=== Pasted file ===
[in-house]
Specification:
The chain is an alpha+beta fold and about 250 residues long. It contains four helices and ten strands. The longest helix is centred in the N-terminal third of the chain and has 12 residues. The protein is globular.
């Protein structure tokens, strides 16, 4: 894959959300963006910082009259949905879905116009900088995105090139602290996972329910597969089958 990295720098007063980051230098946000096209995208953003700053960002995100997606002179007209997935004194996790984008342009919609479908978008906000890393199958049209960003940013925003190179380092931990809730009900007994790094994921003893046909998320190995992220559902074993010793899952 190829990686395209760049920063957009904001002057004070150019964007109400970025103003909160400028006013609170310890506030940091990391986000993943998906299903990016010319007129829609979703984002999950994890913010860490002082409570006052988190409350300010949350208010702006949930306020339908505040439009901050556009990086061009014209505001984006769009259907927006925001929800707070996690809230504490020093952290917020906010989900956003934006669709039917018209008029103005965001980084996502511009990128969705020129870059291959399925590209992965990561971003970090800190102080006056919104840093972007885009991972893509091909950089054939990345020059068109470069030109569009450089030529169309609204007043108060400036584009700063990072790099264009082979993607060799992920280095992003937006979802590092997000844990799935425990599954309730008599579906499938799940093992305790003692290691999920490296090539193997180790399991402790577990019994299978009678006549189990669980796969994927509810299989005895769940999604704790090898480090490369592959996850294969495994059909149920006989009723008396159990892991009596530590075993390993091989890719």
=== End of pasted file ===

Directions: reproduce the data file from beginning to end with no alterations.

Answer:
[in-house]
Specification:
The chain is an alpha+beta fold and about 250 residues long. It contains four helices and ten strands. The longest helix is centred in the N-terminal third of the chain and has 12 residues. The protein is globular.
């Protein structure tokens, strides 16, 4: 894959959300963006910082009259949905879905116009900088995105090139602290996972329910597969089958 990295720098007063980051230098946000096209995208953003700053960002995100997606002179007209997935004194996790984008342009919609479908978008906000890393199958049209960003940013925003190179380092931990809730009900007994790094994921003893046909998320190995992220559902074993010793899952 190829990686395209760049920063957009904001002057004070150019964007109400970025103003909160400028006013609170310890506030940091990391986000993943998906299903990016010319007129829609979703984002999950994890913010860490002082409570006052988190409350300010949350208010702006949930306020339908505040439009901050556009990086061009014209505001984006769009259907927006925001929800707070996690809230504490020093952290917020906010989900956003934006669709039917018209008029103005965001980084996502511009990128969705020129870059291959399925590209992965990561971003970090800190102080006056919104840093972007885009991972893509091909950089054939990345020059068109470069030109569009450089030529169309609204007043108060400036584009700063990072790099264009082979993607060799992920280095992003937006979802590092997000844990799935425990599954309730008599579906499938799940093992305790003692290691999920490296090539193997180790399991402790577990019994299978009678006549189990669980796969994927509810299989005895769940999604704790090898480090490369592959996850294969495994059909149920006989009723008396159990892991009596530590075993390993091989890719």